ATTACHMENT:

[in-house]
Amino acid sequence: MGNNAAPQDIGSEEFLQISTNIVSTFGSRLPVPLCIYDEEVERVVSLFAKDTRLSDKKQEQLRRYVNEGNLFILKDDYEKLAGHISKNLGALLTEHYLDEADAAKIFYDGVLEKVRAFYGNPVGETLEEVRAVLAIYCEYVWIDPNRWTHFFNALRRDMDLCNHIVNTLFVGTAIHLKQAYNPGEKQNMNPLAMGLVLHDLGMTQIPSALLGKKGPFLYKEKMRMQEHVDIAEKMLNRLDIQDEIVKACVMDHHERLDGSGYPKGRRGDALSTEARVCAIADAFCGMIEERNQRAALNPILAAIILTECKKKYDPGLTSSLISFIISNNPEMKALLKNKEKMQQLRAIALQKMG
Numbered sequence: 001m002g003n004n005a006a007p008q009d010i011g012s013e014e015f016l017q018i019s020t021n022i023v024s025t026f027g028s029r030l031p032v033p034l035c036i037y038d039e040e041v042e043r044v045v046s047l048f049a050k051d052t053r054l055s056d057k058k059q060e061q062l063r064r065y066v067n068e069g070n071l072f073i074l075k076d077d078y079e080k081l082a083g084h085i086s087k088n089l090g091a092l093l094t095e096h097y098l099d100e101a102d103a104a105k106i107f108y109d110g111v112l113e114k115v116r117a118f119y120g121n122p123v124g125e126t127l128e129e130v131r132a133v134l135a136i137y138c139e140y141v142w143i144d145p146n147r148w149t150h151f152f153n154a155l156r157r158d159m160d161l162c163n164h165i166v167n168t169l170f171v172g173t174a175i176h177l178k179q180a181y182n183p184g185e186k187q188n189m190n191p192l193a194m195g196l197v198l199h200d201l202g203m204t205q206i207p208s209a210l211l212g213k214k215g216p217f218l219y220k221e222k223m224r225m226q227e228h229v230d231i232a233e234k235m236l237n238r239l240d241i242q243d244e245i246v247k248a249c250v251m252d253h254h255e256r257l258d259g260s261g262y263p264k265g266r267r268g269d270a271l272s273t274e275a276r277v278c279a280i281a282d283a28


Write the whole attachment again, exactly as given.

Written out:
[in-house]
Amino acid sequence: MGNNAAPQDIGSEEFLQISTNIVSTFGSRLPVPLCIYDEEVERVVSLFAKDTRLSDKKQEQLRRYVNEGNLFILKDDYEKLAGHISKNLGALLTEHYLDEADAAKIFYDGVLEKVRAFYGNPVGETLEEVRAVLAIYCEYVWIDPNRWTHFFNALRRDMDLCNHIVNTLFVGTAIHLKQAYNPGEKQNMNPLAMGLVLHDLGMTQIPSALLGKKGPFLYKEKMRMQEHVDIAEKMLNRLDIQDEIVKACVMDHHERLDGSGYPKGRRGDALSTEARVCAIADAFCGMIEERNQRAALNPILAAIILTECKKKYDPGLTSSLISFIISNNPEMKALLKNKEKMQQLRAIALQKMG
Numbered sequence: 001m002g003n004n005a006a007p008q009d010i011g012s013e014e015f016l017q018i019s020t021n022i023v024s025t026f027g028s029r030l031p032v033p034l035c036i037y038d039e040e041v042e043r044v045v046s047l048f049a050k051d052t053r054l055s056d057k058k059q060e061q062l063r064r065y066v067n068e069g070n071l072f073i074l075k076d077d078y079e080k081l082a083g084h085i086s087k088n089l090g091a092l093l094t095e096h097y098l099d100e101a102d103a104a105k106i107f108y109d110g111v112l113e114k115v116r117a118f119y120g121n122p123v124g125e126t127l128e129e130v131r132a133v134l135a136i137y138c139e140y141v142w143i144d145p146n147r148w149t150h151f152f153n154a155l156r157r158d159m160d161l162c163n164h165i166v167n168t169l170f171v172g173t174a175i176h177l178k179q180a181y182n183p184g185e186k187q188n189m190n191p192l193a194m195g196l197v198l199h200d201l202g203m204t205q206i207p208s209a210l211l212g213k214k215g216p217f218l219y220k221e222k223m224r225m226q227e228h229v230d231i232a233e234k235m236l237n238r239l240d241i242q243d244e245i246v247k248a249c250v251m252d253h254h255e256r257l258d259g260s261g262y263p264k265g266r267r268g269d270a271l272s273t274e275a276r277v278c279a280i281a282d283a28